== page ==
Steamed shrimp and summer vegetables topped with a ginger-soy drizzle. (Photo by Deb Lindsey for The Washington Post)

Steamed shrimp and summer vegetables topped with a ginger-soy drizzle. (Photo by Deb Lindsey for The Washington Post)

You’ll welcome this bit of steam heat at your dinner table

It’s the perfect dish to help you rehabilitate from unhealthful Fourth of July fare.

This meal of crisp vegetables and plump shrimp is light, fresh, flavorful and fast. It is just the thing to whip up when you need to reset from a weekend of typical summer party fare, heavy on the grilled meats and mayonnaise-y salads.

This dish celebrates the season healthfully by letting colorful summer vegetables — zucchini, red peppers and sugar snap peas — simply shine. And it couldn’t be more of a breeze to make. The vegetables are tossed into a steamer basket in which a bounty of shrimp have been given a few minutes’ head start, then everything steams together for another 4 or 5 minutes until the produce is crisp-tender and the shellfish is pink.

The mixture is served, over rice if you prefer, with a zingy drizzle made of soy sauce, grated ginger, scallion and sesame oil. The drizzle is more like a condiment than a sauce, in that a little goes a long way to punch up the delicate flavor of the ingredients without overwhelming them.

With grilling season at full throttle, it is a nice change of pace to step away from the fire and allow steam to do the cooking just as quickly and effortlessly.

Steamed shrimp and summer vegetables with ginger-soy drizzle

This dish celebrates the summer healthfully by letting colorful in-season vegetables shine.

3 tablespoons low-sodium soy sauce

1 tablespoon peeled, finely grated fresh ginger root

1 scallion (white and green parts), thinly sliced

1½ teaspoons toasted sesame oil

1¼ pounds large shrimp (16-20 count), peeled and deveined (tails discarded)

1 medium red bell pepper, seeded and thinly sliced

1 medium zucchini, halved lengthwise then cut into ¼-inch half moons

8 ounces sugar snap peas (strings removed)

Cooked brown rice, for serving (optional)

Fill a 4-quart pot halfway with water and bring to a boil over medium-high heat. Seat a steamer basket on/in the pot, making sure it does not come in contact with the water.

Whisk together the soy sauce, ginger, scallion and toasted sesame oil in a liquid measuring cup.

Place the shrimp in the steamer basket; cover and steam-cook for 4 to 5 minutes, then arrange the vegetables on top of the shrimp. Cover and steam-cook for 4 to 5 minutes more, until the vegetables are crisp-tender and the shrimp is no longer translucent. (During this time, it may help to gently stir or toss the vegetables and shrimp once or twice, for even cooking.)

Serve over rice, if desired, drizzled with the sauce.

Makes 4 servings. Nutrition per serving: 180 calories, 32 grams protein, 9 grams carbohydrates, 3 grams fat, no saturated fat, 230 milligrams cholesterol, 570 milligrams sodium, 3 grams dietary fiber, 5 grams sugar.

Talk to us

More in Life

This image provided by Higgins Design Studio shows an open Murphy bed. (Mentis Photography/Higgins Design Studio via AP)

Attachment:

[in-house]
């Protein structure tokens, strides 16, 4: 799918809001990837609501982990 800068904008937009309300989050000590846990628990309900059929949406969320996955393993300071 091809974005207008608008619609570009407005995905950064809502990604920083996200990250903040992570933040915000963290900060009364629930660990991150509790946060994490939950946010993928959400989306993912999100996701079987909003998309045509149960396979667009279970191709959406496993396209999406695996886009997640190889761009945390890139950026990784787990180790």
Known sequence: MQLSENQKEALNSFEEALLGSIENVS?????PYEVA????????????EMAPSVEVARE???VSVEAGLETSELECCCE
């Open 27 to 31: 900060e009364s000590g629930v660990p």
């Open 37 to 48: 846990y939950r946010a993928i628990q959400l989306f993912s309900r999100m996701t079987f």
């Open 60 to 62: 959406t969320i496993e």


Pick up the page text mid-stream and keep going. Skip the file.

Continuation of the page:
Pandemic-era design solution from the past: the Murphy bed

The beds that emerge from a wall to instantly transform a living room into a bedroom date from more than a century ago.

R.J. Whitlow, co-owner of 5 Rights Brewery, has recently expanded to the neighboring shop, formerly Carr's Hardware. (Kevin Clark / The Herald)
County craft breweries’ past lives: hardware store, jail

Most breweries in Snohomish County operate in spaces that formerly housed something far different — from boat builders to banks.

Red apples with leaves isolated over white background. Gala apple. Top view
Everything you never wanted to know about fruit tree pollination

If your trees are blooming and not setting fruit, the most likely culprit is poor pollination.

Cryptomeria japonica “Sekkan-sugi”
Great Plant Pick: Cryptomeria japonica “Sekkan-sugi”

If you love golden foliage, the golden Japanese cedar is for you. When planted against a dark green backdrop, it shines like a beacon.

Moving eyes add interest to an antique clock. This blinking-owl clock sold for $1,900 at a Morford's auction in 2021.
These antique clocks have shifty eyes that move with time

More modern moving-eye clocks include the Kit-Cat clock, a fixture in nurseries since 1932.

Heroes.jpg: Characters in the fantasy world in “She Kills Monsters” at Red Curtain Arts Center, running Jan. 28-Feb. 13, include (front row) Erin Smith as Lilith, Katelynn Carlson as Kaliope; (middle row) Marina Pierce as Tillius, Lucy Johnson as Agnes; (back row) Daniel Hanlon as Orcus.
Music, theater and more: What’s happening in Snohomish County

Dungeons & Dragons collides with reality in “She Kills Monsters” at Red Curtain Arts Center in Marysville.

Caption: Stay-at-home parents work up to 126 hours a week. Their labor is valuable even without a paycheck.
A mother’s time is not ‘free’ — and they put in 126-hour workweeks

If you were to pay a stay-at-home mom or dad for their time, it would cost nearly $200,000 a year.

Linda Miller Nicholson from Fall City, Washington, holds up rainbow pasta she just made in the commercial kitchen at her Fall City home, Wednesday, Dec. 22, 2021.  The rainbow wall behind her is in her backyard. (Ellen M. Banner/The Seattle TImes/TNS)
This King County woman’s rainbow pasta signals her values

Linda Miller Nicholson sculpts colorful noodles that reflect her personality and pro-LGBTQ+ pride.

CloZee performs during the second day of Summer Meltdown on Saturday, Aug. 3, 2019 in Darrington, Wash. (Olivia Vanni / The Herald)
The psychedelic fest Summer Meltdown is back — and in Monroe

The music and camping event is on for July 28-31, with a new venue along the Skykomish River.

Most Read